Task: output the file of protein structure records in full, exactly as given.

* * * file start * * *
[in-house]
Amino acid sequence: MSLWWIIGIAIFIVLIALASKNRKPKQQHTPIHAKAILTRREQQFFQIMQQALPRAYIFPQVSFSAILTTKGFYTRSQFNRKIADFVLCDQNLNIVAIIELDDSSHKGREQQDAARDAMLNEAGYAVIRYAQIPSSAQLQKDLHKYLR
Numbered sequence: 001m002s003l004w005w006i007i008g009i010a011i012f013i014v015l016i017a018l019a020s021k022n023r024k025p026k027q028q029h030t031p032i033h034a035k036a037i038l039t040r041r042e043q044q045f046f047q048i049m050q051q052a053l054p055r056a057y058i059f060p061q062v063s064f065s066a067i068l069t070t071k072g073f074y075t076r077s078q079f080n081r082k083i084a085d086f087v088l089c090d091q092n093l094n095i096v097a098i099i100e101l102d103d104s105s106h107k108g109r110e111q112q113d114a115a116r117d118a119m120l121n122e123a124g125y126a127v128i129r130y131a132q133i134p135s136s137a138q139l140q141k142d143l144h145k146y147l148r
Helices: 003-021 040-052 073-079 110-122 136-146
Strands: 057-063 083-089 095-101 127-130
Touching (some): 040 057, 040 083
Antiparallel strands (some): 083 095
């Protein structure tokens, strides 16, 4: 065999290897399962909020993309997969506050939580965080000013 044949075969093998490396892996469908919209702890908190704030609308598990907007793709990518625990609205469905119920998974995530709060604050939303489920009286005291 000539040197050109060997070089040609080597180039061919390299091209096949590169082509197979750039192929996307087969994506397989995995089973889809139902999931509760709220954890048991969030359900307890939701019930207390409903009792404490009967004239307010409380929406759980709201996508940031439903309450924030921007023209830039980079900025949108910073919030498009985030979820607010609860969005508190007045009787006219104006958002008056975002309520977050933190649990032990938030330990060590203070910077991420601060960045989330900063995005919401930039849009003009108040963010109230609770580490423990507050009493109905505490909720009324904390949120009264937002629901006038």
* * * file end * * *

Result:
[in-house]
Amino acid sequence: MSLWWIIGIAIFIVLIALASKNRKPKQQHTPIHAKAILTRREQQFFQIMQQALPRAYIFPQVSFSAILTTKGFYTRSQFNRKIADFVLCDQNLNIVAIIELDDSSHKGREQQDAARDAMLNEAGYAVIRYAQIPSSAQLQKDLHKYLR
Numbered sequence: 001m002s003l004w005w006i007i008g009i010a011i012f013i014v015l016i017a018l019a020s021k022n023r024k025p026k027q028q029h030t031p032i033h034a035k036a037i038l039t040r041r042e043q044q045f046f047q048i049m050q051q052a053l054p055r056a057y058i059f060p061q062v063s064f065s066a067i068l069t070t071k072g073f074y075t076r077s078q079f080n081r082k083i084a085d086f087v088l089c090d091q092n093l094n095i096v097a098i099i100e101l102d103d104s105s106h107k108g109r110e111q112q113d114a115a116r117d118a119m120l121n122e123a124g125y126a127v128i129r130y131a132q133i134p135s136s137a138q139l140q141k142d143l144h145k146y147l148r
Helices: 003-021 040-052 073-079 110-122 136-146
Strands: 057-063 083-089 095-101 127-130
Touching (some): 040 057, 040 083
Antiparallel strands (some): 083 095
């Protein structure tokens, strides 16, 4: 065999290897399962909020993309997969506050939580965080000013 044949075969093998490396892996469908919209702890908190704030609308598990907007793709990518625990609205469905119920998974995530709060604050939303489920009286005291 000539040197050109060997070089040609080597180039061919390299091209096949590169082509197979750039192929996307087969994506397989995995089973889809139902999931509760709220954890048991969030359900307890939701019930207390409903009792404490009967004239307010409380929406759980709201996508940031439903309450924030921007023209830039980079900025949108910073919030498009985030979820607010609860969005508190007045009787006219104006958002008056975002309520977050933190649990032990938030330990060590203070910077991420601060960045989330900063995005919401930039849009003009108040963010109230609770580490423990507050009493109905505490909720009324904390949120009264937002629901006038």